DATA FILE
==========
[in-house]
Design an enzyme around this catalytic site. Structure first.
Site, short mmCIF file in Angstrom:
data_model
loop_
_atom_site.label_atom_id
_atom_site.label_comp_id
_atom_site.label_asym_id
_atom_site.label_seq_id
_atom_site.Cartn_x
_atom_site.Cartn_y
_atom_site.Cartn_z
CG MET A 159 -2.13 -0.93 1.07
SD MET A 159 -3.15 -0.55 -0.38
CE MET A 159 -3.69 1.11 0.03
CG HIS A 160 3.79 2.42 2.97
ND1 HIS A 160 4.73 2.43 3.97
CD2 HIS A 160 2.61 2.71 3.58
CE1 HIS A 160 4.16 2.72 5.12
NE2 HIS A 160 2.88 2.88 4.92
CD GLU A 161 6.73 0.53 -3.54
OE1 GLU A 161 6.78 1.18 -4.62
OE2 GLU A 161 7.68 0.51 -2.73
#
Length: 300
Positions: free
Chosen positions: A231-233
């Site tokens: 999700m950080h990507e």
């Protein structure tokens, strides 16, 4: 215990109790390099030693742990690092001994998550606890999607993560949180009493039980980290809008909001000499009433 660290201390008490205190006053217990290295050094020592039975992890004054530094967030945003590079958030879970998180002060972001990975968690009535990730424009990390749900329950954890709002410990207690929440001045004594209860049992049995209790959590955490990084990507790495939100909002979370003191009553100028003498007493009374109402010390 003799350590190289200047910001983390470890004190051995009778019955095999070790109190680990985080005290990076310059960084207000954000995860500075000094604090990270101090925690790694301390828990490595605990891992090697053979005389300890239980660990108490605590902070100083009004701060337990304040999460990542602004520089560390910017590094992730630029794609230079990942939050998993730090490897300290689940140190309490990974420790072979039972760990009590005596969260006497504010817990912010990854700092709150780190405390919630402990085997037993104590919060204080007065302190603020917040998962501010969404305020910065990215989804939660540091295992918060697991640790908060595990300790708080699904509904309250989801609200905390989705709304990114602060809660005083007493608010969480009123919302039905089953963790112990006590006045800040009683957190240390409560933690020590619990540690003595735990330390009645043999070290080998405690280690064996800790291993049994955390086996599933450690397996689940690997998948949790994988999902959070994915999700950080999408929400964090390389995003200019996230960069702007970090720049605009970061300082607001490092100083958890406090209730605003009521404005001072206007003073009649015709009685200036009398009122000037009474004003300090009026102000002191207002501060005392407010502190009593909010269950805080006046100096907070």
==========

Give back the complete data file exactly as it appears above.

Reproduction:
[in-house]
Design an enzyme around this catalytic site. Structure first.
Site, short mmCIF file in Angstrom:
data_model
loop_
_atom_site.label_atom_id
_atom_site.label_comp_id
_atom_site.label_asym_id
_atom_site.label_seq_id
_atom_site.Cartn_x
_atom_site.Cartn_y
_atom_site.Cartn_z
CG MET A 159 -2.13 -0.93 1.07
SD MET A 159 -3.15 -0.55 -0.38
CE MET A 159 -3.69 1.11 0.03
CG HIS A 160 3.79 2.42 2.97
ND1 HIS A 160 4.73 2.43 3.97
CD2 HIS A 160 2.61 2.71 3.58
CE1 HIS A 160 4.16 2.72 5.12
NE2 HIS A 160 2.88 2.88 4.92
CD GLU A 161 6.73 0.53 -3.54
OE1 GLU A 161 6.78 1.18 -4.62
OE2 GLU A 161 7.68 0.51 -2.73
#
Length: 300
Positions: free
Chosen positions: A231-233
């Site tokens: 999700m950080h990507e």
């Protein structure tokens, strides 16, 4: 215990109790390099030693742990690092001994998550606890999607993560949180009493039980980290809008909001000499009433 660290201390008490205190006053217990290295050094020592039975992890004054530094967030945003590079958030879970998180002060972001990975968690009535990730424009990390749900329950954890709002410990207690929440001045004594209860049992049995209790959590955490990084990507790495939100909002979370003191009553100028003498007493009374109402010390 003799350590190289200047910001983390470890004190051995009778019955095999070790109190680990985080005290990076310059960084207000954000995860500075000094604090990270101090925690790694301390828990490595605990891992090697053979005389300890239980660990108490605590902070100083009004701060337990304040999460990542602004520089560390910017590094992730630029794609230079990942939050998993730090490897300290689940140190309490990974420790072979039972760990009590005596969260006497504010817990912010990854700092709150780190405390919630402990085997037993104590919060204080007065302190603020917040998962501010969404305020910065990215989804939660540091295992918060697991640790908060595990300790708080699904509904309250989801609200905390989705709304990114602060809660005083007493608010969480009123919302039905089953963790112990006590006045800040009683957190240390409560933690020590619990540690003595735990330390009645043999070290080998405690280690064996800790291993049994955390086996599933450690397996689940690997998948949790994988999902959070994915999700950080999408929400964090390389995003200019996230960069702007970090720049605009970061300082607001490092100083958890406090209730605003009521404005001072206007003073009649015709009685200036009398009122000037009474004003300090009026102000002191207002501060005392407010502190009593909010269950805080006046100096907070």